07 Apr The BC Real Estate Market: Are We Really In a Bubble?
According to Derek Holt, Scotiabank’s Head of Capital Markets Economics, Greater Vancouver and Toronto markets are hot. Far too hot for winter markets. If prices and sales are rising in the dead of winter, the housing market is sure to get even hotter as the warm weather arrives and selling season gets into full swing.
Low inventory combined with plenty of anxious buyers are helping sustain the high prices that many thought the pandemic would force downwards. So as vaccines become more available, and people are back on track with their crowded urban lifestyles, if there is a housing bubble, it is unlikely to burst any time soon. As well, more people are choosing to move to the suburbs as many have continued working remotely. As a result, suburban and even rural demand will press prices upwards with the promise of a welcome reprieve for people weary and leery of city life.
Possible Cooling Measures on the Way?
Holt also predicts we may see some cooling measures once the Spring Budget comes out. What those measures look like remains to be seen, but some possible moves may include restricting access to credit, taxing foreign buyers, boosting the overall supply or taxing homes that remain vacant.
It’s easy to wonder why anyone would want to cool down a hot market. However, prices can only climb before there is a correction. CMHC has singled out Vancouver as having a “moderate degree of vulnerability.” This is largely due to the rising number of rental units sitting empty as a result of lower immigration numbers, fewer students, lack of affordability, former renters that have lost their jobs due to COVID-19 and people seeking more space in the suburbs as they continue to work remotely. The vacancy rate in metro Vancouver is the highest it’s been in 21 years.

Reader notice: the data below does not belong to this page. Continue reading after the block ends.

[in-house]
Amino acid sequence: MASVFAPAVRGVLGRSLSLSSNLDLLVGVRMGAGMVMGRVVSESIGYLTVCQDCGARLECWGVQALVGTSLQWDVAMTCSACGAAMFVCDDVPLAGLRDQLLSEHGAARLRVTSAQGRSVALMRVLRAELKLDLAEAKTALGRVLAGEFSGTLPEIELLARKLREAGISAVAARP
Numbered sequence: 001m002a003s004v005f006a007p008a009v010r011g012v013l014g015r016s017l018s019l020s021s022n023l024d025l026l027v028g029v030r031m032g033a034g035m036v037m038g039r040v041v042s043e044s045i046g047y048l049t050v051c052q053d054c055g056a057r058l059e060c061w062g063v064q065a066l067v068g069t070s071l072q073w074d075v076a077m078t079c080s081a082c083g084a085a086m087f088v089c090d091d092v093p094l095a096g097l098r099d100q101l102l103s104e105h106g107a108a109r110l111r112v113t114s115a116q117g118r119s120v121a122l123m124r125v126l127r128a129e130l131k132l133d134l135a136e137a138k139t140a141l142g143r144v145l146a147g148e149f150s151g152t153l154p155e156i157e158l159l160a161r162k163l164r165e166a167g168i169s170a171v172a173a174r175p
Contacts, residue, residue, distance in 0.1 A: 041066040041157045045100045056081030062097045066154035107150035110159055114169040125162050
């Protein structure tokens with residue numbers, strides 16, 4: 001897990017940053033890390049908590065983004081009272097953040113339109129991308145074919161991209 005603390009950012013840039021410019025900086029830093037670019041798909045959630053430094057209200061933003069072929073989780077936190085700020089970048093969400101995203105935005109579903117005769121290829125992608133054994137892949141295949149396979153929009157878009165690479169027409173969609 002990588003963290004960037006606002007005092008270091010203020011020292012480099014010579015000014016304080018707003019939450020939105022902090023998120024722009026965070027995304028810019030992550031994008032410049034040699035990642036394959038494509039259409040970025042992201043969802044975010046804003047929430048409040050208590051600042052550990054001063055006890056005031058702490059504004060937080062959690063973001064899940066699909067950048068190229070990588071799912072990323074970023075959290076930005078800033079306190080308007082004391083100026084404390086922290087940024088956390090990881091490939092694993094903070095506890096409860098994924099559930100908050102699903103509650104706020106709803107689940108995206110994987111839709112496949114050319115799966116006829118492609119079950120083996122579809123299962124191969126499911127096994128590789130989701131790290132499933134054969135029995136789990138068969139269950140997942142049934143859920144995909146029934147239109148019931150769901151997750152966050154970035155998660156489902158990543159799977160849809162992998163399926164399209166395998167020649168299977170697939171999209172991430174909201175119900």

Sales Continue to Rise
Despite uneasiness in the rental market, house sales continue to climb. According to The National Bank of Canada, the average price for a non-condo dwelling in Vancouver is $1,342,184. And if you think you’ll just hop outside the main part of the city to save, there’s a story of a detached Langley, BC house that sold for $500,000 OVER ASKING!
Is There a Bubble?
Bidding wars are nothing new when it comes to real estate, but when demand outpaces the supply, lenders are flexible and loosen their restrictions. When potential buyers are willing to offer far above the asking price, trouble may be on the horizon. It only makes sense that there will come a time when the banks will tighten up lending freedoms or housing prices reach a limit that the vast majority of people can no longer afford.
If we use history to provide insight, we need only to look at 2008 and the global housing market crisis. Why did it happen? A number of reasons:
- The lending regulations were on the other side of loose
- There were credit rating agencies manipulating ratings
- Banks were handing out mortgages with very little restriction
However, everyone knows these situations just aren’t sustainable, which is why bubbles inevitably must burst. In 2008, millions of homeowners lost their heavily mortgaged homes. Repercussions were felt around the world leading to a global recession and billions of government dollars went towards bailouts. This inevitably lead to a full review lending regulations and forced lenders to be far more strict in their lending criteria.
Canada’s Safe Banking
Here’s the thing though, Canada survived the 2008 recession much better than our US counterparts. This is thanks to our robust banking system that helps control mortgage lending and investment banking. So, could it mean it might be our turn for a housing crash? Well, even if the housing market slows it likely won’t be to a level that would trigger a recession and thanks in large part to the safety net of our regulations. If we consider Vancouver’s housing prices, the past several years have seen them maintain levels that are logically unsustainable.
Only time will tell if the BC real estate market sees a correction, and you’re sure to find people on both sides of the fence until that does or doesn’t happen. .
In the meantime, sign up for our commission advance to ensure you are financially prepared if and when things do cool down.